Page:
September 22, 2020

Volume X, Number 266

September 21, 2020

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Adventist Health System Settles Stark Law & FCA Matters

Adventist Health System (Adventist) entered into a settlement agreement with the United States and with the states of Florida and North Carolina on September 21, 2015, resolving Stark Law issues that Adventist disclosed regarding a certain physician employment compensation model and certain other financial arrangements.  The settlement agreements also fully resolve the allegations in two separate qui tamactions, discussed below.

Adventist’s settlement agreement with the United States does not require that it enter into a Corporate Integrity Agreement with the Office of the Inspector General (OIG).  Adventist paid $115 million to the United States as part of the settlement.

In December 2012, three Adventist employees filed a qui tam action under seal (later amended), on behalf of the United States, Florida, Georgia, Illinois, North Carolina, Tennessee and Texas, alleging violations of the Stark Law and other federal and state laws.

In January 2013, Adventist voluntarily disclosed to the United States Department of Justice that it had submitted claims to the Medicare program pursuant to the referrals of certain physicians that were potentially in violation of federal law.  In April 2013, another Adventist employee filed a second qui tam action under seal (later amended), on behalf of the United States, Florida, Illinois, North Carolina and Texas, alleging violations of the Stark Law and other federal and state laws.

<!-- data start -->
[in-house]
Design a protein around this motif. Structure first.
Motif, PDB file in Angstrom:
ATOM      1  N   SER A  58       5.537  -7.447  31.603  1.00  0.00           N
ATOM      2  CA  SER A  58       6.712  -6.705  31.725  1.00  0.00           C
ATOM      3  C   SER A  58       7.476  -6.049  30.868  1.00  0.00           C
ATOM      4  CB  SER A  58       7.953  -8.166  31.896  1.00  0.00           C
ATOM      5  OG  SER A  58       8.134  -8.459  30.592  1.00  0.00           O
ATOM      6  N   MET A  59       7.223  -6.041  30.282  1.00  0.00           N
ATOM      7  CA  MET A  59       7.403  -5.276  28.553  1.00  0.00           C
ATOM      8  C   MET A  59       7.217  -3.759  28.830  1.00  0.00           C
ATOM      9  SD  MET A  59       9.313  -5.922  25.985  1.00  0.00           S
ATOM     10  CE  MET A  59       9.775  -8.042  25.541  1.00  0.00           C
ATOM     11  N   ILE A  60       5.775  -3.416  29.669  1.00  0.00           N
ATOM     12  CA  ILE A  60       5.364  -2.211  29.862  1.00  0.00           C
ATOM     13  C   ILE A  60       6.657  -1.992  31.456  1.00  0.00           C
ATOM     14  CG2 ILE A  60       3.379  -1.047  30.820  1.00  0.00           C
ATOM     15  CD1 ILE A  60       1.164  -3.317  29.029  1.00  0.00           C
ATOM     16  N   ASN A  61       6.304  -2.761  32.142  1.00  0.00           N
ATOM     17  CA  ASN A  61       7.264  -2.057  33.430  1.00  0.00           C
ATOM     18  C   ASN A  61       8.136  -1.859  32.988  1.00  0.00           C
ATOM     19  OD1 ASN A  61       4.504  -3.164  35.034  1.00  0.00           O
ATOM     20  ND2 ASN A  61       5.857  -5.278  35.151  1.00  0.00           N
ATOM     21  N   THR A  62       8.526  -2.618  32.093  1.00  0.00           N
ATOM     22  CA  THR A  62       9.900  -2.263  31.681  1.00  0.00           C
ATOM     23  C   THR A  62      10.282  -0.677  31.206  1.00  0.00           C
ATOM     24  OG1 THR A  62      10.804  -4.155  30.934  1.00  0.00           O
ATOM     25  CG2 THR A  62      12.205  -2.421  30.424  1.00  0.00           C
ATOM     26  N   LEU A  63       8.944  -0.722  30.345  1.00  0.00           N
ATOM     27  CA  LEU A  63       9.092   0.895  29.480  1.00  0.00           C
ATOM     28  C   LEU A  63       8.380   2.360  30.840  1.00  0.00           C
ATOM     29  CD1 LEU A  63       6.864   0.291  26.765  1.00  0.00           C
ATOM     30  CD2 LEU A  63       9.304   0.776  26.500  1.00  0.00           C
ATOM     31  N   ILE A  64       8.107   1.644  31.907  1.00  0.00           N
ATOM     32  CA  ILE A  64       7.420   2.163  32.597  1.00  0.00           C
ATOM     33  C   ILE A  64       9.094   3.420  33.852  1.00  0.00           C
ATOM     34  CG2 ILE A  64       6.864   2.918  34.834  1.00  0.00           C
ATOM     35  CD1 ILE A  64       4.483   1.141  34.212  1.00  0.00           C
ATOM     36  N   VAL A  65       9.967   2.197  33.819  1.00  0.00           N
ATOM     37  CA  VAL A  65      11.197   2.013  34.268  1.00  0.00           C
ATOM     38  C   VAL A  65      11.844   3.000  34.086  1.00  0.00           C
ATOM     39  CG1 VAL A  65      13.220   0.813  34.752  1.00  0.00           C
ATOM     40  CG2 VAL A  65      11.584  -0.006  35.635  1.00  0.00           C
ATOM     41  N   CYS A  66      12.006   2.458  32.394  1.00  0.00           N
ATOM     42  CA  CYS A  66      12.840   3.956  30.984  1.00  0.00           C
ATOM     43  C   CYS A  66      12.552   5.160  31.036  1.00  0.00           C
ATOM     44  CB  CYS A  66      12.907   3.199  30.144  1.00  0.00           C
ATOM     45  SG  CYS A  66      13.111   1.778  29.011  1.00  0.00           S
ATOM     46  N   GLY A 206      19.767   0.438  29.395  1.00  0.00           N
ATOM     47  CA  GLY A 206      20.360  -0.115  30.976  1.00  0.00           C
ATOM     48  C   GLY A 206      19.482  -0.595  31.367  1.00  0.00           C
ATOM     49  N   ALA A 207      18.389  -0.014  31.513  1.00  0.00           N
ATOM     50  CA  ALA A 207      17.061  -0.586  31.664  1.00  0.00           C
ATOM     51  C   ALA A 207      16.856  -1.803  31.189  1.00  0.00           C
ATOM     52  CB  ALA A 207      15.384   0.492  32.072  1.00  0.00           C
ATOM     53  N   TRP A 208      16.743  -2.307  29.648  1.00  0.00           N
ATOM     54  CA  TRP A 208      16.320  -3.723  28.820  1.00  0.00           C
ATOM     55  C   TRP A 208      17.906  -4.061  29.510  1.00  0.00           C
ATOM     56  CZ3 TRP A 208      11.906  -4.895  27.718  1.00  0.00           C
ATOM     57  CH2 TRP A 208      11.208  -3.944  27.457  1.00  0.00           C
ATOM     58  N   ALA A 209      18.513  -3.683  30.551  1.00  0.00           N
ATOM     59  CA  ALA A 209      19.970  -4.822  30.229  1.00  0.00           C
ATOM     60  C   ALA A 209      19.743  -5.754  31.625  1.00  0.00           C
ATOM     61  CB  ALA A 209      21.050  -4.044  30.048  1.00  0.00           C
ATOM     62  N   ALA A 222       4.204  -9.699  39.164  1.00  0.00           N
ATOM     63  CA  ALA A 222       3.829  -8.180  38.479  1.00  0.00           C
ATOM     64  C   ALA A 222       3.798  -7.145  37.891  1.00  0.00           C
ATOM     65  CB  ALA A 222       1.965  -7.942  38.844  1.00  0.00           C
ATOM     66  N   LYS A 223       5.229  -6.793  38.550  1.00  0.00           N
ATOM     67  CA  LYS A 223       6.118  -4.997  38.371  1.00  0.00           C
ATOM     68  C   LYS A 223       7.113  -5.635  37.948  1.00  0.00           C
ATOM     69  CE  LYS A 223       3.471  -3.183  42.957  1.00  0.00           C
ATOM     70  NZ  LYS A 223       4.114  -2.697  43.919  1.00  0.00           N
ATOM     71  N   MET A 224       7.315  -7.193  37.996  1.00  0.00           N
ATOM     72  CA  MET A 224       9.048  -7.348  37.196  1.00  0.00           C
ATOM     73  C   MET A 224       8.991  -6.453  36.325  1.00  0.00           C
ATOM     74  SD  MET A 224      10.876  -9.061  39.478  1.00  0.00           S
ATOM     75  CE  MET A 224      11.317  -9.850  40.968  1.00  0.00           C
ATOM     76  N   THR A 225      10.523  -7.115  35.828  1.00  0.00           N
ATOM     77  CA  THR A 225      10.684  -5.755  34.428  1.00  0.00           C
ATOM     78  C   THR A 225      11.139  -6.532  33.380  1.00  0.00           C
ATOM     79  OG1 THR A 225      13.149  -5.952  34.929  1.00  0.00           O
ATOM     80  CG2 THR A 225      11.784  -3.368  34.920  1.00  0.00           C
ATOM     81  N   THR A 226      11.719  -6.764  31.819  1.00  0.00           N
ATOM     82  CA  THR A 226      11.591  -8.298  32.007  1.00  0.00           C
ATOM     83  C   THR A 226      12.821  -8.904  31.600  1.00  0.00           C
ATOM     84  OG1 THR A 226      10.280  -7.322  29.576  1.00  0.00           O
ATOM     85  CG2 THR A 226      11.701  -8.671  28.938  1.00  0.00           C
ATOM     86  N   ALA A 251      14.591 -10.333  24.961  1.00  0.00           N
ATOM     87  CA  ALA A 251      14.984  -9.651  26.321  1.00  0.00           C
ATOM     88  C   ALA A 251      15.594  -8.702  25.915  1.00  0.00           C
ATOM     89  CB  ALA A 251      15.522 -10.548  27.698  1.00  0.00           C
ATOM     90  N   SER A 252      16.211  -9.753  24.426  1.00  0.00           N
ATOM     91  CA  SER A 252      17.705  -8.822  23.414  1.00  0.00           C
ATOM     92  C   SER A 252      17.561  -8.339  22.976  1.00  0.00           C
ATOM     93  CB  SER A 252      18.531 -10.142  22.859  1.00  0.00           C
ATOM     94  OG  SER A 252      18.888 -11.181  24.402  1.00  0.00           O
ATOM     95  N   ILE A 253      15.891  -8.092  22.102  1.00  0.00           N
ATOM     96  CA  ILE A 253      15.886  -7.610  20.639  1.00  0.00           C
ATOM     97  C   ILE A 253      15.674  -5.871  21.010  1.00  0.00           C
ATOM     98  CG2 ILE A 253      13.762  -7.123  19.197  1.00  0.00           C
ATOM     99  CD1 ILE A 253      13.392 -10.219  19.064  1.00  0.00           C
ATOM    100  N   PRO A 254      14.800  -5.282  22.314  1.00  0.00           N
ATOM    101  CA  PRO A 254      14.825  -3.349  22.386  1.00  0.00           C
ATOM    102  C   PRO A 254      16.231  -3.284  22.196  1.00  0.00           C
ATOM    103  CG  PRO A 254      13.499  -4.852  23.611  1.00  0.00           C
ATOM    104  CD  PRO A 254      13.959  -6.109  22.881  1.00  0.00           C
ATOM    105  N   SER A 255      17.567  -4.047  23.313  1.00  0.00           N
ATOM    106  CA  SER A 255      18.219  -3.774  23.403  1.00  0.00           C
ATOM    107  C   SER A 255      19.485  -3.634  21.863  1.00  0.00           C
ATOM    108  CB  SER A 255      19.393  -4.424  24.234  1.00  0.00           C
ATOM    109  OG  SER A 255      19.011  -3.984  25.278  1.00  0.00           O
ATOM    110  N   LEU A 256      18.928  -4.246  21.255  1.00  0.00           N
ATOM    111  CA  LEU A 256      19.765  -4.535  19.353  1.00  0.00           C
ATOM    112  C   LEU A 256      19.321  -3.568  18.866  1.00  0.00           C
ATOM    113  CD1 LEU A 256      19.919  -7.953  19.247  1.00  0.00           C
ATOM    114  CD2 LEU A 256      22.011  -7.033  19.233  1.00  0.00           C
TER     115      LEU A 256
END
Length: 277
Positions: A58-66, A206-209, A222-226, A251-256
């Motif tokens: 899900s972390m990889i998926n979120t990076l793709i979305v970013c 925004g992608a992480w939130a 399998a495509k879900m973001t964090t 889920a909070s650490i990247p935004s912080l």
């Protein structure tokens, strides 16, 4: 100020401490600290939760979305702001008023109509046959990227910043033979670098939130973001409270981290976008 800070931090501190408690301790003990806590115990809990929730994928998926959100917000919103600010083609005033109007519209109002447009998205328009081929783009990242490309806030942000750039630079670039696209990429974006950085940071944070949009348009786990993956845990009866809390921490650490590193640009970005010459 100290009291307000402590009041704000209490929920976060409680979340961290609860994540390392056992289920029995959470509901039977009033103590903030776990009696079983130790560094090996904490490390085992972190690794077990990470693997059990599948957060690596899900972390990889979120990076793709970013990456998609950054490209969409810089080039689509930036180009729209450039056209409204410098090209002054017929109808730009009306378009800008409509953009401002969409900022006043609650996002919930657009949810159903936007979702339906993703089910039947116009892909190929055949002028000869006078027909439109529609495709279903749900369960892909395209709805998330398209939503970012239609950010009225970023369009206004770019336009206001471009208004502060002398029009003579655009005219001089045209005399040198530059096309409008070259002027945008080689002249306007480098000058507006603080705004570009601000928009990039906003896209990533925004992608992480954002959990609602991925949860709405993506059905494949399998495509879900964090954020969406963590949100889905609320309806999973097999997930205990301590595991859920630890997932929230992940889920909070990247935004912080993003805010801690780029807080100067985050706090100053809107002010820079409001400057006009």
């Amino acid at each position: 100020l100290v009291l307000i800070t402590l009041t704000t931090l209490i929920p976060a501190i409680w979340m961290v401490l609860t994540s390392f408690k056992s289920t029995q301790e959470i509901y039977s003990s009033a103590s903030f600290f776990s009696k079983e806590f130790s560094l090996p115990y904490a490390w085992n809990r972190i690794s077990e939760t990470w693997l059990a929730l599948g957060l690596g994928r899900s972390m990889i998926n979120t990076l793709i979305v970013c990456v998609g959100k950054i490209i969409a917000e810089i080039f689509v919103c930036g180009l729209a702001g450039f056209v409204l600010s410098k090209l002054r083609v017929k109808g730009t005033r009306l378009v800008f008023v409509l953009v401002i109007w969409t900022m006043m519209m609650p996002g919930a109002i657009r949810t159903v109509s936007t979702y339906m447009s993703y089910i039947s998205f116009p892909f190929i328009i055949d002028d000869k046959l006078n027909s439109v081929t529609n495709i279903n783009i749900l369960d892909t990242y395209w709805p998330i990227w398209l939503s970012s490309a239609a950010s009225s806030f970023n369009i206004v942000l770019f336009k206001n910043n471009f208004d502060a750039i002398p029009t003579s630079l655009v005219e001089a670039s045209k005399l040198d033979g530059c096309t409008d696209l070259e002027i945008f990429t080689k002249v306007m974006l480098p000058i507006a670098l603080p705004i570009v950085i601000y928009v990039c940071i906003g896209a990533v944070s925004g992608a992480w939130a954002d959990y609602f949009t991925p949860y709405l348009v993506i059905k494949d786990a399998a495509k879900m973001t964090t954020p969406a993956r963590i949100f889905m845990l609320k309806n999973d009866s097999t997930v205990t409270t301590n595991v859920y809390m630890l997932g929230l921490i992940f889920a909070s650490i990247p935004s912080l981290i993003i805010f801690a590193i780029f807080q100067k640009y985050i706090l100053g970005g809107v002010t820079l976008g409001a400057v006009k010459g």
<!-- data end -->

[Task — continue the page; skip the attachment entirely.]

On September 21, 2015, the United States intervened in both qui tam actions with respect to relators’ allegations that were consistent with Adventist’s disclosure of its employment compensation models.  The United States also intervened in the first action with respect to allegations that certain Adventist entities miscoded claims for physician services to Medicare.  The United States declined to intervene, however, in any other allegations in the complaints, including in allegations of violations of the federal Anti-Kickback Statute, and these allegations were dismissed with prejudice by each relator.

While the states of Florida, North Carolina, Tennessee and Texas intervened with respect to certain claims asserted by relators on their behalf, the states of Georgia and Illinois declined to intervene in either action, and the relators’ claims in these two states were dismissed with prejudice as to the relators.

© 2020 McDermott Will & EmeryNational Law Review, Volume V, Number 266


About this Author

Laura Morgan, Health Care Attorney, McDermott Law Firm

Laura B. Morgan is an associate at the law firm of McDermott Will & Emery LLP and is based in the Firm’s Chicago office.  She focuses her practice on counseling hospital and other health care industry clients on a range of regulatory issues, including Federal health care program fraud and abuse, the Stark law and Medicare reimbursement issues.

Laura received her J.D., magna cum laude, and Certificate in Health Law from Loyola University Chicago School of Law.  At Loyola, she was a Beazley Institute for Health Law and Policy Fellow, the...

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